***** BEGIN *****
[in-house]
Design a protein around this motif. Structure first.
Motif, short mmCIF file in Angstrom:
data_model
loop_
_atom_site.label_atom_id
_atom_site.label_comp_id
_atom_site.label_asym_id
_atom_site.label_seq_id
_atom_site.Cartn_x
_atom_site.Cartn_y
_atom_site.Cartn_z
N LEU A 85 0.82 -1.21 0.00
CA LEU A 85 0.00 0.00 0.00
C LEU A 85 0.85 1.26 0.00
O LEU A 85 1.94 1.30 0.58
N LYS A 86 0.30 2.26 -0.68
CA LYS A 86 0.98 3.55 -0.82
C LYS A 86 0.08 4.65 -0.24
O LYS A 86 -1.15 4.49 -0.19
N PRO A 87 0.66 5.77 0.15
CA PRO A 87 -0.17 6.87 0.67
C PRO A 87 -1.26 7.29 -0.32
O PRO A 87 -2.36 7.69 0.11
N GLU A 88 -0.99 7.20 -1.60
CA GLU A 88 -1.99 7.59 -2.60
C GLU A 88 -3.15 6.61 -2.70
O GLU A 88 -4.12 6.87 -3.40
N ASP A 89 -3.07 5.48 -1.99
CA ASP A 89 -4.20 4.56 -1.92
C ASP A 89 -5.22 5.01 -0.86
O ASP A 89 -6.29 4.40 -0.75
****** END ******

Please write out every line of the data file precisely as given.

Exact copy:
[in-house]
Design a protein around this motif. Structure first.
Motif, short mmCIF file in Angstrom:
data_model
loop_
_atom_site.label_atom_id
_atom_site.label_comp_id
_atom_site.label_asym_id
_atom_site.label_seq_id
_atom_site.Cartn_x
_atom_site.Cartn_y
_atom_site.Cartn_z
N LEU A 85 0.82 -1.21 0.00
CA LEU A 85 0.00 0.00 0.00
C LEU A 85 0.85 1.26 0.00
O LEU A 85 1.94 1.30 0.58
N LYS A 86 0.30 2.26 -0.68
CA LYS A 86 0.98 3.55 -0.82
C LYS A 86 0.08 4.65 -0.24
O LYS A 86 -1.15 4.49 -0.19
N PRO A 87 0.66 5.77 0.15
CA PRO A 87 -0.17 6.87 0.67
C PRO A 87 -1.26 7.29 -0.32
O PRO A 87 -2.36 7.69 0.11
N GLU A 88 -0.99 7.20 -1.60
CA GLU A 88 -1.99 7.59 -2.60
C GLU A 88 -3.15 6.61 -2.70
O GLU A 88 -4.12 6.87 -3.40
N ASP A 89 -3.07 5.48 -1.99
CA ASP A 89 -4.20 4.56 -1.92
C ASP A 89 -5.22 5.01 -0.86
O ASP A 89 -6.29 4.40 -0.75